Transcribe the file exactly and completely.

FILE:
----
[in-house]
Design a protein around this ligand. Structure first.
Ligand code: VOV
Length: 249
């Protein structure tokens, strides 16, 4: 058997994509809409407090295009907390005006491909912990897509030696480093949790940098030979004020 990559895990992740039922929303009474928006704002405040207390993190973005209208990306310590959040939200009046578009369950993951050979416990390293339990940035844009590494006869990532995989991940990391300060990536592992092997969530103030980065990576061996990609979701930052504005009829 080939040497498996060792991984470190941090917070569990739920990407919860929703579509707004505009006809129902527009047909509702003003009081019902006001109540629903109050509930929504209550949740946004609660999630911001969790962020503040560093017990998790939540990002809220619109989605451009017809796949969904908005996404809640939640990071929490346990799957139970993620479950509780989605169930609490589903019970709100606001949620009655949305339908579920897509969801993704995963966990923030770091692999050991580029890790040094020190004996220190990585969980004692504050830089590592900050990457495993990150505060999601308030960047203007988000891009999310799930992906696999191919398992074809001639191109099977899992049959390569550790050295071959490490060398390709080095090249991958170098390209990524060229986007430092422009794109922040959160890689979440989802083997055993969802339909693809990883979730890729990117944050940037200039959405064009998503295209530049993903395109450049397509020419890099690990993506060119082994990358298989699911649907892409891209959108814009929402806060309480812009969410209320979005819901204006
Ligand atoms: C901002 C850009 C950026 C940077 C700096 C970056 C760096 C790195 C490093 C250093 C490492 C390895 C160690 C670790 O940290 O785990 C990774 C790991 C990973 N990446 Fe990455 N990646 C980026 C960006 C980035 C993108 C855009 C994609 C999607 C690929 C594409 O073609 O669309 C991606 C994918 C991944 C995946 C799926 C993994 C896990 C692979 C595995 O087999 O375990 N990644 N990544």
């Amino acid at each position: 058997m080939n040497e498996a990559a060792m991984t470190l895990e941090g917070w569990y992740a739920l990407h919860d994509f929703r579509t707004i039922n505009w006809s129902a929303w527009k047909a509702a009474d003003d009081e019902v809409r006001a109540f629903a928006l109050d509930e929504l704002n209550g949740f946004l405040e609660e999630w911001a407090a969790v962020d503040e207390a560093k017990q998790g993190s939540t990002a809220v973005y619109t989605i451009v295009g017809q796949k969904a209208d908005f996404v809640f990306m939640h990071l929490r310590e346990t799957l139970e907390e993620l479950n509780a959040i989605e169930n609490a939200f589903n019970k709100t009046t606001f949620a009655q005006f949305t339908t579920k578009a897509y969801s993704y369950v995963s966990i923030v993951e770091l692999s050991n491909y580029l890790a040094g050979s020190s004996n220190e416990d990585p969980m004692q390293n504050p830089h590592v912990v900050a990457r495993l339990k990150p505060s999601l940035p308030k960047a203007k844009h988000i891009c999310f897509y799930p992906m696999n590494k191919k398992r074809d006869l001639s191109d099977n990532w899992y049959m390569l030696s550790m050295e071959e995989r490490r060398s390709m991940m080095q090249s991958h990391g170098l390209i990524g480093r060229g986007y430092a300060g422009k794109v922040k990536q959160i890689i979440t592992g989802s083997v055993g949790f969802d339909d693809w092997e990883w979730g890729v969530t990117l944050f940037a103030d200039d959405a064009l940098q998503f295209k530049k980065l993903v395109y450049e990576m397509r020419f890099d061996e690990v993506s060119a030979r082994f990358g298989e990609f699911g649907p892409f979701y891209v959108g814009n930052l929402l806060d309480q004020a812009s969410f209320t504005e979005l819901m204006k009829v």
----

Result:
[in-house]
Design a protein around this ligand. Structure first.
Ligand code: VOV
Length: 249
């Protein structure tokens, strides 16, 4: 058997994509809409407090295009907390005006491909912990897509030696480093949790940098030979004020 990559895990992740039922929303009474928006704002405040207390993190973005209208990306310590959040939200009046578009369950993951050979416990390293339990940035844009590494006869990532995989991940990391300060990536592992092997969530103030980065990576061996990609979701930052504005009829 080939040497498996060792991984470190941090917070569990739920990407919860929703579509707004505009006809129902527009047909509702003003009081019902006001109540629903109050509930929504209550949740946004609660999630911001969790962020503040560093017990998790939540990002809220619109989605451009017809796949969904908005996404809640939640990071929490346990799957139970993620479950509780989605169930609490589903019970709100606001949620009655949305339908579920897509969801993704995963966990923030770091692999050991580029890790040094020190004996220190990585969980004692504050830089590592900050990457495993990150505060999601308030960047203007988000891009999310799930992906696999191919398992074809001639191109099977899992049959390569550790050295071959490490060398390709080095090249991958170098390209990524060229986007430092422009794109922040959160890689979440989802083997055993969802339909693809990883979730890729990117944050940037200039959405064009998503295209530049993903395109450049397509020419890099690990993506060119082994990358298989699911649907892409891209959108814009929402806060309480812009969410209320979005819901204006
Ligand atoms: C901002 C850009 C950026 C940077 C700096 C970056 C760096 C790195 C490093 C250093 C490492 C390895 C160690 C670790 O940290 O785990 C990774 C790991 C990973 N990446 Fe990455 N990646 C980026 C960006 C980035 C993108 C855009 C994609 C999607 C690929 C594409 O073609 O669309 C991606 C994918 C991944 C995946 C799926 C993994 C896990 C692979 C595995 O087999 O375990 N990644 N990544």
């Amino acid at each position: 058997m080939n040497e498996a990559a060792m991984t470190l895990e941090g917070w569990y992740a739920l990407h919860d994509f929703r579509t707004i039922n505009w006809s129902a929303w527009k047909a509702a009474d003003d009081e019902v809409r006001a109540f629903a928006l109050d509930e929504l704002n209550g949740f946004l405040e609660e999630w911001a407090a969790v962020d503040e207390a560093k017990q998790g993190s939540t990002a809220v973005y619109t989605i451009v295009g017809q796949k969904a209208d908005f996404v809640f990306m939640h990071l929490r310590e346990t799957l139970e907390e993620l479950n509780a959040i989605e169930n609490a939200f589903n019970k709100t009046t606001f949620a009655q005006f949305t339908t579920k578009a897509y969801s993704y369950v995963s966990i923030v993951e770091l692999s050991n491909y580029l890790a040094g050979s020190s004996n220190e416990d990585p969980m004692q390293n504050p830089h590592v912990v900050a990457r495993l339990k990150p505060s999601l940035p308030k960047a203007k844009h988000i891009c999310f897509y799930p992906m696999n590494k191919k398992r074809d006869l001639s191109d099977n990532w899992y049959m390569l030696s550790m050295e071959e995989r490490r060398s390709m991940m080095q090249s991958h990391g170098l390209i990524g480093r060229g986007y430092a300060g422009k794109v922040k990536q959160i890689i979440t592992g989802s083997v055993g949790f969802d339909d693809w092997e990883w979730g890729v969530t990117l944050f940037a103030d200039d959405a064009l940098q998503f295209k530049k980065l993903v395109y450049e990576m397509r020419f890099d061996e690990v993506s060119a030979r082994f990358g298989e990609f699911g649907p892409f979701y891209v959108g814009n930052l929402l806060d309480q004020a812009s969410f209320t504005e979005l819901m204006k009829v």